We do all websites: custom and templated. For a lot of our small business clients, a website from scratch doesn’t make sense because the cost-to-benefit isn’t worth the trouble, so we recommend using a CMS like ReadyMag and Squarespace to make editing quick and easy. Productivity apps I love are Asana, Toggl, Timepage, and automating (and color-coding) my life. My Moleskine notebooks, multi-colored Muji pens, and Delfonics pen pouches are always on me. They’re my tools for processing ideas, mapping out wireframes, and sketching logos.
on getting some perspective away from work
In my twenties, I worked my body into the concrete ground of NYC, and I thought that I’d rest when I’m done with work–which never happened. In hindsight, I would’ve saved myself a lot of pain if I stayed true to my nature. I feel most fulfilled when I’ve got a few things cookin’, whether that’s making ceramic bowls, learning a language, or traveling for a change in perspective. Getting perspective frees up time to be a human: a multi-faceted being with dreams and genuine connections–not just a work cyborg, in it for the grind and glory. I learned what allows me to function at my best and developed methods to work intelligently with what I’ve got. Now, I flow with my natural tendencies.
on her star sign
I was born on my dad’s birthday and named after him, an Aquarius architect. We’re supposed to be the weirdos of the zodiac. We are allegedly cerebral and known for having different interests, big into humanitarian efforts and wild, innovative ideas. We’re also stubborn and unpredictable. I agree with all the compliments and accusations.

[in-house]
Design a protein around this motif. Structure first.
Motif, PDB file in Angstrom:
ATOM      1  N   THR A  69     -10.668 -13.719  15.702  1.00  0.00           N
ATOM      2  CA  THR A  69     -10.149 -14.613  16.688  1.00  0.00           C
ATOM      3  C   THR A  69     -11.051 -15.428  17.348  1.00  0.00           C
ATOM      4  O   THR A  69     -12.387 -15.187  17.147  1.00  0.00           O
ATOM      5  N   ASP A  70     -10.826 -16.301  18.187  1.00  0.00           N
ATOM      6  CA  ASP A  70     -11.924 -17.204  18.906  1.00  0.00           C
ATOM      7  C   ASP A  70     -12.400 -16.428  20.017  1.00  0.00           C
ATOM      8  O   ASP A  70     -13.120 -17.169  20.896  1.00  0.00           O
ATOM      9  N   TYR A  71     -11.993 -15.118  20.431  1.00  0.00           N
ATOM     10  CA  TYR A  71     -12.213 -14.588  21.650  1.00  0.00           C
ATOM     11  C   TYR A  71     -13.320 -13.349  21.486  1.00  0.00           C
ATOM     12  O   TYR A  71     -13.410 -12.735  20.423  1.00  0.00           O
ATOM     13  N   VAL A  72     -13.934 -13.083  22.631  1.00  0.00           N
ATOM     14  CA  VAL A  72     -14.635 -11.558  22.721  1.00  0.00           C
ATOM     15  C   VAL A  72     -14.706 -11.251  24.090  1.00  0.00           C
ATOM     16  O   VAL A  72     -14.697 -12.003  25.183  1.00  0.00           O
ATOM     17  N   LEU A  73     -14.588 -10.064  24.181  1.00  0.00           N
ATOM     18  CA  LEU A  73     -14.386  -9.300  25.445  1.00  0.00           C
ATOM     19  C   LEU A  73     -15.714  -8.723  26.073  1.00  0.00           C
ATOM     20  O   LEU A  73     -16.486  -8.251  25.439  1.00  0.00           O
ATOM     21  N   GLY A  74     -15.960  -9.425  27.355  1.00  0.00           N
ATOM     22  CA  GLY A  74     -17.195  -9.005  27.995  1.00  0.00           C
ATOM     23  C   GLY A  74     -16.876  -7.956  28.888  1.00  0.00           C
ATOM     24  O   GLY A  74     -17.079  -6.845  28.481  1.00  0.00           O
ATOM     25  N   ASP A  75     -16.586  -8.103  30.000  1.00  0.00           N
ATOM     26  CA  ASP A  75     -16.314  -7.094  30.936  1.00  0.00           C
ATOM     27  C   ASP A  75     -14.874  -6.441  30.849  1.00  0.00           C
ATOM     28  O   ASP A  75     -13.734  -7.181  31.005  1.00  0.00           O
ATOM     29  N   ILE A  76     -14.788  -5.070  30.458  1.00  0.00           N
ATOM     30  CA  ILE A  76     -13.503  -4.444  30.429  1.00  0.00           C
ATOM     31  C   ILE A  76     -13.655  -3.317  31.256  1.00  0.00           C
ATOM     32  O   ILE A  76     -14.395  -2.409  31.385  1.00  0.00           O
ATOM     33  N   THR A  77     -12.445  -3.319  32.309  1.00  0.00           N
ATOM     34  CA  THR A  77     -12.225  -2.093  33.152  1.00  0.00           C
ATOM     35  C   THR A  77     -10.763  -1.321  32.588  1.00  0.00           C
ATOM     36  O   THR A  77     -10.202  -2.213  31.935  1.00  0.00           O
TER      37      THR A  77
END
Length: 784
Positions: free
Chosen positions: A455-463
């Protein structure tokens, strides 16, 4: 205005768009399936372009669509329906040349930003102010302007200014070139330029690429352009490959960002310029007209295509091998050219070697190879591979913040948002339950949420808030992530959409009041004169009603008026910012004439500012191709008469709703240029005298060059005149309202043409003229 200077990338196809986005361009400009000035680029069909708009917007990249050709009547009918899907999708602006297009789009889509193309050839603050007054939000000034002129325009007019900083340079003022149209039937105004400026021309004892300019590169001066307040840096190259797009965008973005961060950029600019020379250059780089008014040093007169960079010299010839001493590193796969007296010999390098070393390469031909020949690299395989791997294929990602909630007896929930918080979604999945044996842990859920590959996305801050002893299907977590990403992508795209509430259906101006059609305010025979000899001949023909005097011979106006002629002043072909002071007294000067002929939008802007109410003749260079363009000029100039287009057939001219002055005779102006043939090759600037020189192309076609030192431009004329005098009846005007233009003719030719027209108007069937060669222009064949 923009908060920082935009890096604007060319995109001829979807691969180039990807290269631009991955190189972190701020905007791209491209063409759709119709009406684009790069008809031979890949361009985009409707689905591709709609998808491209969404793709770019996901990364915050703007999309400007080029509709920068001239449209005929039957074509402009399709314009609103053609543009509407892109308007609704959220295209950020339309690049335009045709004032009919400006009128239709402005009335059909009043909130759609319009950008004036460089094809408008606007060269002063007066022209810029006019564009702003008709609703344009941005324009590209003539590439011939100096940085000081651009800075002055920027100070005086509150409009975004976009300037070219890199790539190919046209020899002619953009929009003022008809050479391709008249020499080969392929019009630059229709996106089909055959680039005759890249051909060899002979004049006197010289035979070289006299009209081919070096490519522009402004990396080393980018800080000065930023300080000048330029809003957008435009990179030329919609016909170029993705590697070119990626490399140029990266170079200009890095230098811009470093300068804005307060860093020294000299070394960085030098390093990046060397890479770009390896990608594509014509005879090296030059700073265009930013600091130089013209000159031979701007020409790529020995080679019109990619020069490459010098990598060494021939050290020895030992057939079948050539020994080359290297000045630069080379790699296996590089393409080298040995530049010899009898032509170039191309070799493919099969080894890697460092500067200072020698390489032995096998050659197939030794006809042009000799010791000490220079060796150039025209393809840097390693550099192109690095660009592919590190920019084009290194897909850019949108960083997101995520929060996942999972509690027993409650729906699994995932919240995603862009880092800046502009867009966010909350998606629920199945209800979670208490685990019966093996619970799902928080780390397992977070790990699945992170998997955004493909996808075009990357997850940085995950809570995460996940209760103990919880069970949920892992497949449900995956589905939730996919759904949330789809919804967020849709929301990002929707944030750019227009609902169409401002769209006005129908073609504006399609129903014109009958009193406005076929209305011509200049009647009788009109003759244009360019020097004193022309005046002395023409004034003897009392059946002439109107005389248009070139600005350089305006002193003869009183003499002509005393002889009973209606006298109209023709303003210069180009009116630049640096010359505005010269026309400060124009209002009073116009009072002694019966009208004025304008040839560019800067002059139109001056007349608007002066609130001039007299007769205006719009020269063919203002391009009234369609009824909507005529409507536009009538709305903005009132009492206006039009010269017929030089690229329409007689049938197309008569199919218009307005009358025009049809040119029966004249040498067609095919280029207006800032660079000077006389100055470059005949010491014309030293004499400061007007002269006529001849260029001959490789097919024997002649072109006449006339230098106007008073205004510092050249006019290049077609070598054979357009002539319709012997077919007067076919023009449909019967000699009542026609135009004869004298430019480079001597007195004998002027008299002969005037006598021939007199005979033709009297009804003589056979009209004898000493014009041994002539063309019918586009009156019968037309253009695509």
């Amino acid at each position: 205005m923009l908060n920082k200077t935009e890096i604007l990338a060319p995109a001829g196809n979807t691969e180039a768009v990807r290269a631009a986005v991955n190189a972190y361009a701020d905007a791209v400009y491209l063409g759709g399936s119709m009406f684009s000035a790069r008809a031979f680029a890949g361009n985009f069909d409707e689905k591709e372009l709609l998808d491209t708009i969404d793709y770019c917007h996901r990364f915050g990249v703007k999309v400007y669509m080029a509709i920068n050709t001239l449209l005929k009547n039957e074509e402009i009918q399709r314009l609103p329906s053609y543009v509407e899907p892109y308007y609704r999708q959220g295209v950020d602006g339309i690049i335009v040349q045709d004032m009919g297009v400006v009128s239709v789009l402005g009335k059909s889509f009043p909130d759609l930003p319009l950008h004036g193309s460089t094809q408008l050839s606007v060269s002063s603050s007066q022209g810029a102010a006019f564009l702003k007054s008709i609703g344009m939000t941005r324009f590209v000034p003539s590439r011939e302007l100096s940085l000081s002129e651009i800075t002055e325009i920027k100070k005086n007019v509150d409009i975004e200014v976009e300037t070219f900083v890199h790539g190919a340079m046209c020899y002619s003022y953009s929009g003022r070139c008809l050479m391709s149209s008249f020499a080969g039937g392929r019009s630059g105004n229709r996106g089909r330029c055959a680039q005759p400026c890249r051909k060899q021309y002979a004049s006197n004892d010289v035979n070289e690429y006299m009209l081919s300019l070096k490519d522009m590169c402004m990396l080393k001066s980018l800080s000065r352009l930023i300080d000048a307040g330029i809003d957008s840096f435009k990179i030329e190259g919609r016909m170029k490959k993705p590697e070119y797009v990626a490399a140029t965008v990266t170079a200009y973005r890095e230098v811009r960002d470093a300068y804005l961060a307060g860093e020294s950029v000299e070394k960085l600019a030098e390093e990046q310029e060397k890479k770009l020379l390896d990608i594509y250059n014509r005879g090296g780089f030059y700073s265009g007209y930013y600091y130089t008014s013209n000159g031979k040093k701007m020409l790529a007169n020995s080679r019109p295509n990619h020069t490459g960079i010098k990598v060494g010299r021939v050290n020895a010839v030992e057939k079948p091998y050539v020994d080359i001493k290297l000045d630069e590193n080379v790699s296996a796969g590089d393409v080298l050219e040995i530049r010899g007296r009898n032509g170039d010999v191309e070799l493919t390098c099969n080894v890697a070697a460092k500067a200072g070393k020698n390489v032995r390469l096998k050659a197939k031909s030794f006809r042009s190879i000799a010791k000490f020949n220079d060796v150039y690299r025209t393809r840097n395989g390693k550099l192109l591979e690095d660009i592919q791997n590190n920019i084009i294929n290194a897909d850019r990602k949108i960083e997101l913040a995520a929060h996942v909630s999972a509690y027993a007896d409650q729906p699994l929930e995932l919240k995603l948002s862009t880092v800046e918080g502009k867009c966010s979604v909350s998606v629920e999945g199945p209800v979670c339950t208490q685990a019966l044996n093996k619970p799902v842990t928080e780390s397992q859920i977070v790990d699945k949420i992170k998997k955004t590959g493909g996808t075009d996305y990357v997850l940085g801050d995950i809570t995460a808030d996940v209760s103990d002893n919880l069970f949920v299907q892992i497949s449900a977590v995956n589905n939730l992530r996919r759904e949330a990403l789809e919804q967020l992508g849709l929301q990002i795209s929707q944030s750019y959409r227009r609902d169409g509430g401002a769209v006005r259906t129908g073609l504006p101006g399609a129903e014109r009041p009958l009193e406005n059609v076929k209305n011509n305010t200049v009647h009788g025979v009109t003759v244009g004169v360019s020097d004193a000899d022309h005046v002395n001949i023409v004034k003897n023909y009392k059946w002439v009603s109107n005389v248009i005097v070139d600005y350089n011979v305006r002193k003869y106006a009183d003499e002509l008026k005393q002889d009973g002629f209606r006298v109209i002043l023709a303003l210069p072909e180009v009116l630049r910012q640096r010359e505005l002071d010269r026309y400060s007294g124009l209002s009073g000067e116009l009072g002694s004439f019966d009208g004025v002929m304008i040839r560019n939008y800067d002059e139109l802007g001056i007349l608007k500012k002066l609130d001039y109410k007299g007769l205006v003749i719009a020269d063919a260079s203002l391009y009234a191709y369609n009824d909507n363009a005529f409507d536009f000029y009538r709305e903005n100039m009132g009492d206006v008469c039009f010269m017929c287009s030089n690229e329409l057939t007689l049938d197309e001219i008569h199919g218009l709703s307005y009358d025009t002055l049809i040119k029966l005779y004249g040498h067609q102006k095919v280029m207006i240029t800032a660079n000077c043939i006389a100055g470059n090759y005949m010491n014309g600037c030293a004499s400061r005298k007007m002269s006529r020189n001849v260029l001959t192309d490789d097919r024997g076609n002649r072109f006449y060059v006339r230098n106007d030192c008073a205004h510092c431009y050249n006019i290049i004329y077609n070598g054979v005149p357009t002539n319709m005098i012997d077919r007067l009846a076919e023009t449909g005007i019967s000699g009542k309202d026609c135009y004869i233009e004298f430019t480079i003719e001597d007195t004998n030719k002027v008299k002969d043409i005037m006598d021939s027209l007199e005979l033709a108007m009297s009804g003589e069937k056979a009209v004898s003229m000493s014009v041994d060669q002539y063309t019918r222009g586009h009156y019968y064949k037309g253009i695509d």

on her beauty routine
I was gifted this Clé de Peau cleansing milk, and it’s incredible. I’m treating every drop like liquid gold. Also got some Tatcha beauty blots as swag, and they’re super handy to keep the shine away. Another gift I can’t get enough of is L’Occitane face cream. I love me some Nars, and I swear by their eye primer and all-in-one stick for a quick brush of color on cheeks and lips. For meeting-heavy days or event-heavy nights, it’s always a red lip for me. Currently wearing down my Tom Ford stick. I also recommend the Muji folding fan and Maison Martin Margiela Replica Perfume in Jazz Club.
on her haircare routine
I just let it air dry. The bangs get blow-drying action every other day to keep them in line. I’ve been experimenting with New Wash. I also recently learned what a blowout is. I also recommend Bumble and bumble Dry Shampoo.
adette's favorite books
Etcetera: Creating Beautiful Interiors with the Things You Love by Sibella Court, The Stylist's Guide to NYC by Sibella Court, Clay: Contemporary Ceramic Artisans by Amber Creswell Bell, Florence Broadhurst: Her Secret & Extraordinary Lives by Helen O'Neill, Ender’s Game by Orson Scott Cord, Ender’s Shadow by Orson Scott Cord, Midnight’s Children by Salman Rushdie, When the Elephants Dance by Tess Uriza Holthe, The Amazing Adventures of Kavalier & Clay by Michael Chabon, Harry Potter by JK Rowling
adette's favorite movies & tv show
Coming to America (dir. John Landis), Boy (dir. Taika Waititi), Moonrise Kingdom (dir. Wes Anderson), Amelie (dir. Jean-Pierre Jeunet)
adette's favorite places IN new york city
Favorite restaurants: Nom Wah, Bien Cuit, Lucali’s, DiFara’s, St. Anselm, Colonia Verde, Vinegar Hill House, Hometown BBQ, Caracas, Mile End, Swell Dive, Glady’s, Buvette, The Fat Radish, Frankie’s, Stinky’s, Olmsted, Bunker
Favorite Street & Reading Bench: Verandah Place & Cobble Hill Park
Favorite Pool Tables: Amsterdam Billiards
Favorite Tattoo Artist: Stephanie Tamez at Saved Tattoo
Favorite Design Shop: MoMA Store (My dealer for HAY goods from Copenhagen.)
Favorite Farmer: Ingimundur Kjarval; He’s an old Icelandic guy
running a farm upstate, and we get all our meat from his farm.